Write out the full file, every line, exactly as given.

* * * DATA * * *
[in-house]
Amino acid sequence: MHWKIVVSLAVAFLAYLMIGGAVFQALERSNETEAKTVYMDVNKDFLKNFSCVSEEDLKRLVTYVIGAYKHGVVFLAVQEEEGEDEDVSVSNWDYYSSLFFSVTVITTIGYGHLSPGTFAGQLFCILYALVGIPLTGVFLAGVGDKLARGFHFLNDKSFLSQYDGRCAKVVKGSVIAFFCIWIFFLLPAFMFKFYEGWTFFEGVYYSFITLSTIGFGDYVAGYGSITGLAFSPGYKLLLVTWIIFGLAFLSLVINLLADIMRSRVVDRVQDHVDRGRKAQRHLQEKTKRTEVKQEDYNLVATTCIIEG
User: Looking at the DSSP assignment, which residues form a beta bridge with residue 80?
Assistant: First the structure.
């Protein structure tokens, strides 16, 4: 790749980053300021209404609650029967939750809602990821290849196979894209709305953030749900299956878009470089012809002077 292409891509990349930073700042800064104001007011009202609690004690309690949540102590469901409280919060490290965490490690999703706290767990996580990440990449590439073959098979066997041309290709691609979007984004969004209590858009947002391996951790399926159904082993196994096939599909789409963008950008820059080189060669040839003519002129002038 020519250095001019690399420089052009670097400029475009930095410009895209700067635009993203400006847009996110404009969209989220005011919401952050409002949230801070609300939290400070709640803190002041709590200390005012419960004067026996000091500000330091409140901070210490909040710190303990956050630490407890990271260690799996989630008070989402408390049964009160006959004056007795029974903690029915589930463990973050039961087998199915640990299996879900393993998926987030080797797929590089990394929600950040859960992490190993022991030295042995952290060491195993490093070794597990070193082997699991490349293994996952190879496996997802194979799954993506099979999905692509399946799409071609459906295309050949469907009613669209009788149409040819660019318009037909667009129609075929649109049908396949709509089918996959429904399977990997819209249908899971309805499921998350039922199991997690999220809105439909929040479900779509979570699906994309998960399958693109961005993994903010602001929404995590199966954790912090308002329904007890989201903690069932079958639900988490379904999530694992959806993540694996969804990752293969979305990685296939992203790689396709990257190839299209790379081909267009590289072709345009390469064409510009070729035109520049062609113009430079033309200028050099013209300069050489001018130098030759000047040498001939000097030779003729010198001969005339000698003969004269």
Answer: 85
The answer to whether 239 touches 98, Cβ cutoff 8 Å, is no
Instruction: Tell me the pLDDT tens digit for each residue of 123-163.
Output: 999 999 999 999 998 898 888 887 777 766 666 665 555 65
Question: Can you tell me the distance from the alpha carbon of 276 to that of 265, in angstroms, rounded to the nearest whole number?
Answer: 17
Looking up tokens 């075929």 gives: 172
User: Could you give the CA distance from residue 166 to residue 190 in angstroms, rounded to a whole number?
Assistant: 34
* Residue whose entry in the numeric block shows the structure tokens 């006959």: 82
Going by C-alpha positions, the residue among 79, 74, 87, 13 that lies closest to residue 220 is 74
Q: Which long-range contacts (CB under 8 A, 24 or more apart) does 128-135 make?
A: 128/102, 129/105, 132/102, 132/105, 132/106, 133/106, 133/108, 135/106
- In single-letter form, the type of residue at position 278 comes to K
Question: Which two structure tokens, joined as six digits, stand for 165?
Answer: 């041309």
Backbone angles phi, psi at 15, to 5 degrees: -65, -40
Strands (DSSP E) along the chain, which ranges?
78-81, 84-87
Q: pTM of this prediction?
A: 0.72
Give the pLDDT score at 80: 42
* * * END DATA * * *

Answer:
[in-house]
Amino acid sequence: MHWKIVVSLAVAFLAYLMIGGAVFQALERSNETEAKTVYMDVNKDFLKNFSCVSEEDLKRLVTYVIGAYKHGVVFLAVQEEEGEDEDVSVSNWDYYSSLFFSVTVITTIGYGHLSPGTFAGQLFCILYALVGIPLTGVFLAGVGDKLARGFHFLNDKSFLSQYDGRCAKVVKGSVIAFFCIWIFFLLPAFMFKFYEGWTFFEGVYYSFITLSTIGFGDYVAGYGSITGLAFSPGYKLLLVTWIIFGLAFLSLVINLLADIMRSRVVDRVQDHVDRGRKAQRHLQEKTKRTEVKQEDYNLVATTCIIEG
User: Looking at the DSSP assignment, which residues form a beta bridge with residue 80?
Assistant: First the structure.
């Protein structure tokens, strides 16, 4: 790749980053300021209404609650029967939750809602990821290849196979894209709305953030749900299956878009470089012809002077 292409891509990349930073700042800064104001007011009202609690004690309690949540102590469901409280919060490290965490490690999703706290767990996580990440990449590439073959098979066997041309290709691609979007984004969004209590858009947002391996951790399926159904082993196994096939599909789409963008950008820059080189060669040839003519002129002038 020519250095001019690399420089052009670097400029475009930095410009895209700067635009993203400006847009996110404009969209989220005011919401952050409002949230801070609300939290400070709640803190002041709590200390005012419960004067026996000091500000330091409140901070210490909040710190303990956050630490407890990271260690799996989630008070989402408390049964009160006959004056007795029974903690029915589930463990973050039961087998199915640990299996879900393993998926987030080797797929590089990394929600950040859960992490190993022991030295042995952290060491195993490093070794597990070193082997699991490349293994996952190879496996997802194979799954993506099979999905692509399946799409071609459906295309050949469907009613669209009788149409040819660019318009037909667009129609075929649109049908396949709509089918996959429904399977990997819209249908899971309805499921998350039922199991997690999220809105439909929040479900779509979570699906994309998960399958693109961005993994903010602001929404995590199966954790912090308002329904007890989201903690069932079958639900988490379904999530694992959806993540694996969804990752293969979305990685296939992203790689396709990257190839299209790379081909267009590289072709345009390469064409510009070729035109520049062609113009430079033309200028050099013209300069050489001018130098030759000047040498001939000097030779003729010198001969005339000698003969004269």
Answer: 85
The answer to whether 239 touches 98, Cβ cutoff 8 Å, is no
Instruction: Tell me the pLDDT tens digit for each residue of 123-163.
Output: 999 999 999 999 998 898 888 887 777 766 666 665 555 65
Question: Can you tell me the distance from the alpha carbon of 276 to that of 265, in angstroms, rounded to the nearest whole number?
Answer: 17
Looking up tokens 């075929």 gives: 172
User: Could you give the CA distance from residue 166 to residue 190 in angstroms, rounded to a whole number?
Assistant: 34
* Residue whose entry in the numeric block shows the structure tokens 């006959």: 82
Going by C-alpha positions, the residue among 79, 74, 87, 13 that lies closest to residue 220 is 74
Q: Which long-range contacts (CB under 8 A, 24 or more apart) does 128-135 make?
A: 128/102, 129/105, 132/102, 132/105, 132/106, 133/106, 133/108, 135/106
- In single-letter form, the type of residue at position 278 comes to K
Question: Which two structure tokens, joined as six digits, stand for 165?
Answer: 């041309």
Backbone angles phi, psi at 15, to 5 degrees: -65, -40
Strands (DSSP E) along the chain, which ranges?
78-81, 84-87
Q: pTM of this prediction?
A: 0.72
Give the pLDDT score at 80: 42